Egypt has declared a month-long state of emergency after scores of people were killed when security forces stormed two protest camps in Cairo. Thousands of supporters of deposed President Mohammed Morsi and his Muslim Brotherhood had staged the sit-ins. Police have arrested key Brotherhood members and taken control of the camps. The government says 149 people were killed in the operation. The Muslim Brotherhood says more than 2,000 people died in Wednesday’s violence.
The state of emergency is scheduled to last for a month, and imposes a curfew in Cairo and several other provinces between 19:00 local time (17:00 GMT) and 06:00. The measure was taken because the “security and order of the nation face danger due to deliberate sabotage, and attacks on public and private buildings and the loss of life by extremist groups,” the presidency said in a statement. Vice-President Mohammed ElBaradei has announced his resignation from the interim government in the wake of the violence. “I cannot continue in shouldering the responsibility for decisions I do not agree with and I fear their consequences. I cannot shoulder the responsibility for a single drop of blood,” he said in a statement.
Supporters of Morsi have been staging street protests since he was ousted on 3 July. The protesters – many of whom are members of Morsi’s Muslim Brotherhood movement – want him to be reinstated. Morsi was Egypt’s first democratically elected president, narrowly winning the presidential vote in June 2012 after the overthrow of Hosni Mubarak. He is currently in custody at an undisclosed location, and has been accused of the “premeditated murder of some prisoners, officers and soldiers” during a prison breakout in 2011.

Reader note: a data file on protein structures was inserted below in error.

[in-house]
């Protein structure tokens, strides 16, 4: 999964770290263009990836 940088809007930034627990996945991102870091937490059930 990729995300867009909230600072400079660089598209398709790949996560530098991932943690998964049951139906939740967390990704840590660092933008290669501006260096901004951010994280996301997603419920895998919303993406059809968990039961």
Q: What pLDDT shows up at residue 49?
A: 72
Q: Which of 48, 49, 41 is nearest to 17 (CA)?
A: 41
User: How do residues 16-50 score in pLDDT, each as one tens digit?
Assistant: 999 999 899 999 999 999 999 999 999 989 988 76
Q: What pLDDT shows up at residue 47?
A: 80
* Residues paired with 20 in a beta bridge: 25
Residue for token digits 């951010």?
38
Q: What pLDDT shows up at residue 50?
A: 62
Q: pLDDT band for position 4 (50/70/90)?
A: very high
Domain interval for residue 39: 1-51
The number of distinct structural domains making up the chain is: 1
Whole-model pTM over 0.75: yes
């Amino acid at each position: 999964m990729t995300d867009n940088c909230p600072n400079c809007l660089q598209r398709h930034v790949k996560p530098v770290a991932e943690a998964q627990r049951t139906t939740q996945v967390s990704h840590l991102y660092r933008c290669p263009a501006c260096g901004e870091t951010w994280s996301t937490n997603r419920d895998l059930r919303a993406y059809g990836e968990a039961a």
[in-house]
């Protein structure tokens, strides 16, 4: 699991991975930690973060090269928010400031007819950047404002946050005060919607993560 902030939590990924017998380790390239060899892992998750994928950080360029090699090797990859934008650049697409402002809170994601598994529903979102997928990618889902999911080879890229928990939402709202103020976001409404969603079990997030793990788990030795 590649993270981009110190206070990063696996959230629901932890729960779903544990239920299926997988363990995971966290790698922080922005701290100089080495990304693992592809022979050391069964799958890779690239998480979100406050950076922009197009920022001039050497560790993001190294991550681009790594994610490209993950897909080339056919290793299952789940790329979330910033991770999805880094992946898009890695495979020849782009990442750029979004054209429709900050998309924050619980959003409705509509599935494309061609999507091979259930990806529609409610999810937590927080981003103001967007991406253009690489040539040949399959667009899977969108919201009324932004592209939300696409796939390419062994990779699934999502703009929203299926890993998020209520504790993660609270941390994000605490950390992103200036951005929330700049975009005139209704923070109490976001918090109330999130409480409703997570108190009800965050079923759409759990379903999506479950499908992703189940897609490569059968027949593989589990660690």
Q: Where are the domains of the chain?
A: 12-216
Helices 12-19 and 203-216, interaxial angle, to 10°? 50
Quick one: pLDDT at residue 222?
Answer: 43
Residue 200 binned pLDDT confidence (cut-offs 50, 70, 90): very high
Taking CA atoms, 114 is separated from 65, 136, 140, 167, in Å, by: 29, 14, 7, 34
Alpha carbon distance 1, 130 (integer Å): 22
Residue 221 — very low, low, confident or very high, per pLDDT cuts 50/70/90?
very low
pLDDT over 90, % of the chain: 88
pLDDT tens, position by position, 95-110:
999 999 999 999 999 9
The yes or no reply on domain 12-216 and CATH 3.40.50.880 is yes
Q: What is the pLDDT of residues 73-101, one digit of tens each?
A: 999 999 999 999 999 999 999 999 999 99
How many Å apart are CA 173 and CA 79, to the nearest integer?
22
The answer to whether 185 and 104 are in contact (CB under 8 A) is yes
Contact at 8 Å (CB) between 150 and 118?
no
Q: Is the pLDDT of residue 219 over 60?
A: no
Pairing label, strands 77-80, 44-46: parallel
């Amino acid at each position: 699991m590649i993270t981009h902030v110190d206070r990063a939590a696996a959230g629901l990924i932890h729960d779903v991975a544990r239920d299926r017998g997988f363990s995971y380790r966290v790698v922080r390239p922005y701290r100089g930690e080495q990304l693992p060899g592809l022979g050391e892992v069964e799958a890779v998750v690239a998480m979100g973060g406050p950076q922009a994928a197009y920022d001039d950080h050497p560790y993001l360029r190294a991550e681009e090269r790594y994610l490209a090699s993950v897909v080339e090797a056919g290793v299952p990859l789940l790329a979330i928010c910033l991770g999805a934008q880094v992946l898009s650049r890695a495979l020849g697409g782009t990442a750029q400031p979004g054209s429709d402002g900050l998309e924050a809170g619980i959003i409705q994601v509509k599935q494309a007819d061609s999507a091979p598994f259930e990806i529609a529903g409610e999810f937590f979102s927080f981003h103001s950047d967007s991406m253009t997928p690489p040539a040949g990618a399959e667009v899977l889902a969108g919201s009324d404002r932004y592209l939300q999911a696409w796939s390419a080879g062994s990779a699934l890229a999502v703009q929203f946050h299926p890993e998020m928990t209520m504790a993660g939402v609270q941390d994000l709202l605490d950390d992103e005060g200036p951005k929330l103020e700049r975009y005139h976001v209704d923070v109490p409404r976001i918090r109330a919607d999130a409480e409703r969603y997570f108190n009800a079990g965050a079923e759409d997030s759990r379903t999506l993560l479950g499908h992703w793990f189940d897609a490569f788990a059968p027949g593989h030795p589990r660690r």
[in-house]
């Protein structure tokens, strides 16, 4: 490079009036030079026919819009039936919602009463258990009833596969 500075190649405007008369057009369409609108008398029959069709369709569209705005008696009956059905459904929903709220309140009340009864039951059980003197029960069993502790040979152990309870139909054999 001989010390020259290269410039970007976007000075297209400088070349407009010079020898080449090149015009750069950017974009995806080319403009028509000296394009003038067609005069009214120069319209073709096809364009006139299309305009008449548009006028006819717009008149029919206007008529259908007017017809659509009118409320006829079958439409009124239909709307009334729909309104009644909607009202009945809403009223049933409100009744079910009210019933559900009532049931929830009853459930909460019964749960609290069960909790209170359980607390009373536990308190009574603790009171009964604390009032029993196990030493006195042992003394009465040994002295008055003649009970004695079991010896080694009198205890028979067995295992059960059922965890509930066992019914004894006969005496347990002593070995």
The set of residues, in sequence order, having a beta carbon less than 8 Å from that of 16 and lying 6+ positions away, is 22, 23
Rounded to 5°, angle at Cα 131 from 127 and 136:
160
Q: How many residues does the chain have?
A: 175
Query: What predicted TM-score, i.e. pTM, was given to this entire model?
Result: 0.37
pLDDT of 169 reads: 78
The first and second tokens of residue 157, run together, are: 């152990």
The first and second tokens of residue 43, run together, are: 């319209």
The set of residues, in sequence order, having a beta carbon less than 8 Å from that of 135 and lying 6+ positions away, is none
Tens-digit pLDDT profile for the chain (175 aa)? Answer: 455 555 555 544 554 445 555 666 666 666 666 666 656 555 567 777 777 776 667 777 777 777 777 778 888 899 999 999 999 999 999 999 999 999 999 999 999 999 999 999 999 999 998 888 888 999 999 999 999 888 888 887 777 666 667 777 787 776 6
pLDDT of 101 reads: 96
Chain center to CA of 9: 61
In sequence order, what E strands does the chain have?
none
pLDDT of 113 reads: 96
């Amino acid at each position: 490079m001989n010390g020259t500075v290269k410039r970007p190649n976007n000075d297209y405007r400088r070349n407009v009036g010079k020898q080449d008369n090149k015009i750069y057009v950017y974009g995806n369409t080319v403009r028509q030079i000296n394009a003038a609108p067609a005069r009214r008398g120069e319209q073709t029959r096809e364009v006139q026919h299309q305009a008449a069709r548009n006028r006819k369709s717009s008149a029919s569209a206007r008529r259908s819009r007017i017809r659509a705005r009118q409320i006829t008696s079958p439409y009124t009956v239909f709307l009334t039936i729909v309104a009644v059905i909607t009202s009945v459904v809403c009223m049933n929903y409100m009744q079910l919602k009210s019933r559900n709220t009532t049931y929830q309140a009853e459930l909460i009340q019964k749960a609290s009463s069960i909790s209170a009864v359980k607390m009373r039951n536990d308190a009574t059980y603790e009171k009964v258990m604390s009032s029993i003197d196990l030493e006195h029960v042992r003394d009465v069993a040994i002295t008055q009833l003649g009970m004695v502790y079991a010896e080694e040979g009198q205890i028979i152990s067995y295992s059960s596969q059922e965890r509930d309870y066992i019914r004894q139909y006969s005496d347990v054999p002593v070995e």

There are also reports of unrest elsewhere in Egypt.
-About 35 people have died in clashes in the province of Fayoum, south of Cairo, Reuters news agency says.
-At least five people have been killed in the province of Suez, according to the health ministry.
-Clashes have also been reported in the northern provinces of Alexandria and Beheira, and the central provinces of Assiut and Menya.
-State news agency Mena says three churches have been attacked, one in the city of Sohag which has a large number of Coptic Christian residents.
For the original article: http://www.bbc.co.uk/news/world-middle-east-23700663